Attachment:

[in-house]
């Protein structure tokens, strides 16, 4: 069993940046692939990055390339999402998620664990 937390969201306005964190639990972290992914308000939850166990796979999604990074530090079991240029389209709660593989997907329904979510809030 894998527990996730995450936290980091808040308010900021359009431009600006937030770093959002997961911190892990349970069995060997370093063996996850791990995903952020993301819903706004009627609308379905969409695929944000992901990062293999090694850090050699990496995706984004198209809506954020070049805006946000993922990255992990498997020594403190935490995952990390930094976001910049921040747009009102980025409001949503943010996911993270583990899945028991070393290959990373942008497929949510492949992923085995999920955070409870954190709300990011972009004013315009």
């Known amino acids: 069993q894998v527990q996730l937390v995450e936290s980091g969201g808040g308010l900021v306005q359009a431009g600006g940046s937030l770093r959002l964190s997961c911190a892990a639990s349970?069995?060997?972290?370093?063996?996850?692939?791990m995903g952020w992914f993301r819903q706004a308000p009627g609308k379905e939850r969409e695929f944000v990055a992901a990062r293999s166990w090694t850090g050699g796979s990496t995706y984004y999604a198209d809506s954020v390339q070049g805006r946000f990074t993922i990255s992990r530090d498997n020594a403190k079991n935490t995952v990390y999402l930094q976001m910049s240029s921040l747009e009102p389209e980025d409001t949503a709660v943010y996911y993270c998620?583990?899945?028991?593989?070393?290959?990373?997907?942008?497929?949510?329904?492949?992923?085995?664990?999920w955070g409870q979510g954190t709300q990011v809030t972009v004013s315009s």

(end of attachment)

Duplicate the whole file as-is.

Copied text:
[in-house]
């Protein structure tokens, strides 16, 4: 069993940046692939990055390339999402998620664990 937390969201306005964190639990972290992914308000939850166990796979999604990074530090079991240029389209709660593989997907329904979510809030 894998527990996730995450936290980091808040308010900021359009431009600006937030770093959002997961911190892990349970069995060997370093063996996850791990995903952020993301819903706004009627609308379905969409695929944000992901990062293999090694850090050699990496995706984004198209809506954020070049805006946000993922990255992990498997020594403190935490995952990390930094976001910049921040747009009102980025409001949503943010996911993270583990899945028991070393290959990373942008497929949510492949992923085995999920955070409870954190709300990011972009004013315009």
């Known amino acids: 069993q894998v527990q996730l937390v995450e936290s980091g969201g808040g308010l900021v306005q359009a431009g600006g940046s937030l770093r959002l964190s997961c911190a892990a639990s349970?069995?060997?972290?370093?063996?996850?692939?791990m995903g952020w992914f993301r819903q706004a308000p009627g609308k379905e939850r969409e695929f944000v990055a992901a990062r293999s166990w090694t850090g050699g796979s990496t995706y984004y999604a198209d809506s954020v390339q070049g805006r946000f990074t993922i990255s992990r530090d498997n020594a403190k079991n935490t995952v990390y999402l930094q976001m910049s240029s921040l747009e009102p389209e980025d409001t949503a709660v943010y996911y993270c998620?583990?899945?028991?593989?070393?290959?990373?997907?942008?497929?949510?329904?492949?992923?085995?664990?999920w955070g409870q979510g954190t709300q990011v809030t972009v004013s315009s």